Tuesday, November 3, 2009

The Crutch

As I type this I'm watching what must be one of the worst productions of The Two Gentlemen of Verona ever committed to cheap BBC video. I am too curious to see how they stage the rape/forgiveness/human trafficking finale to turn it off, but this staging is a perfect example of why people hate and fear Shakespeare. It's foreign, false, melodramatic and the actors are all douchebags.
I'll have more to say about this play before I move on to Othello, but first there's a couplet I want to look at more closely.
Act 3 Scene 1. Proteus has just orchestrated Valentine's banishment from Milan by telling Sylvia's father that Valentine planned to elope with her that evening. Now Proteus is comforting his friend even though he was the agent of his grief. Proteus says:

Hope is a lover's staff; walk hence with that
And manage it against despairing thoughts.

I've been in love twice in my life. They were two different kinds of love because they were two different girls. Both ended sloppily, but when the first one ended I held on for so long. Much longer than is healthy I'm sure. At one point I told her that I was optimistic and that I had hope that we would be together in the future. She told me that hope undoes optimism. Because when you hope you long for things you don't have, and in order to be optimistic you have to see the good in things the way they are.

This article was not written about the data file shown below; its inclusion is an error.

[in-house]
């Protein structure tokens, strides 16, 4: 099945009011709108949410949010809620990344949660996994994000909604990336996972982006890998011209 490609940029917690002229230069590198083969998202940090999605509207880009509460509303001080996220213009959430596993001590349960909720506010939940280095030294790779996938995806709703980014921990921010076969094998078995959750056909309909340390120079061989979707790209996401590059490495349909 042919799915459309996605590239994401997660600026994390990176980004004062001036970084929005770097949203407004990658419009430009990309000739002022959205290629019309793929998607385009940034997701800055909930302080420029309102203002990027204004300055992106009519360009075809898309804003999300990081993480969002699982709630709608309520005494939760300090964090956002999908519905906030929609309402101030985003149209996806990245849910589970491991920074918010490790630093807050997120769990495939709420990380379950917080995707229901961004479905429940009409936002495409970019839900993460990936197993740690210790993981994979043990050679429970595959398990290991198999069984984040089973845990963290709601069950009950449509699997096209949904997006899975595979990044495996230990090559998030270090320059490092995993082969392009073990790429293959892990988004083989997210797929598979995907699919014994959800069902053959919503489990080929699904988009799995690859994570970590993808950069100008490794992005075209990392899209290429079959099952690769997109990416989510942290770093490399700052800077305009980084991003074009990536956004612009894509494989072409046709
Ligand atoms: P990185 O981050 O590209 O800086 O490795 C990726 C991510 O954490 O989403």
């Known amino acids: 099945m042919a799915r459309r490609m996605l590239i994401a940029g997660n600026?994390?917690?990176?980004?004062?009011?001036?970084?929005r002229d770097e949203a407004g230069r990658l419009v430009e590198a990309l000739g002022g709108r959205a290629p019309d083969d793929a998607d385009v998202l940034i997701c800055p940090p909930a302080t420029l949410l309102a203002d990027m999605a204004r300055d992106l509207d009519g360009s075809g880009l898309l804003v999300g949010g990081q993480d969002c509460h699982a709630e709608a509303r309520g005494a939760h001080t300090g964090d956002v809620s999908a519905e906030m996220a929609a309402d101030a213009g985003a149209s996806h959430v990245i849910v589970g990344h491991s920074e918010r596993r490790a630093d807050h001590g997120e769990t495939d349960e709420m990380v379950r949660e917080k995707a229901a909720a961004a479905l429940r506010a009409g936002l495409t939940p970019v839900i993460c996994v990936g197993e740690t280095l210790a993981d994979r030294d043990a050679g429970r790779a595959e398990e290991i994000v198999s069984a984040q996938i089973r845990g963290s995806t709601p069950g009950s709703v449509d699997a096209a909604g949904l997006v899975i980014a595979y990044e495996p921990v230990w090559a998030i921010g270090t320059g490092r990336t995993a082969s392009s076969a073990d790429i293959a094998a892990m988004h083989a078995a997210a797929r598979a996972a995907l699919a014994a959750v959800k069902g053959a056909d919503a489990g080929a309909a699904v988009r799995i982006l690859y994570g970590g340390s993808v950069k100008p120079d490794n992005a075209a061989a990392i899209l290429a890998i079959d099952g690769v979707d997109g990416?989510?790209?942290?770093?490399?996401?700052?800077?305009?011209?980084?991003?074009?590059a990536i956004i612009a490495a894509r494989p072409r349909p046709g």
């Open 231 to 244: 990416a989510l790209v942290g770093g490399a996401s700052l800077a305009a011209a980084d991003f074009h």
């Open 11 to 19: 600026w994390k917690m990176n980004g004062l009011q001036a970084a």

"Hope is a lover's staff." When I read this I see a crutch. I see the lovelorn hobbling back toward something, when, if they dropped the crutch, they'd find they could walk ably in other directions.
As things went bad with the second girl I didn't hope. I didn't want the crutch. I dropped it and walked away too soon.
My dad gives notoriously misinterpreted advice. For example he used to say to me: "Never close any doors." Meaning that you always want to have choices and opportunities, but what I took away from that was: Never make any decisions. Which is obviously a stupid way to live. But there is one thing he says that's always been helpful: "Everything in moderation."
There's a time for the crutch. It's very useful right after you've been injured. But once things are mended you can put it away. Just remember where you put it. Bones and hearts are always in danger of being broken again.

1 comment:

  1. Wonderful! If this were facebook, I'd "like" this.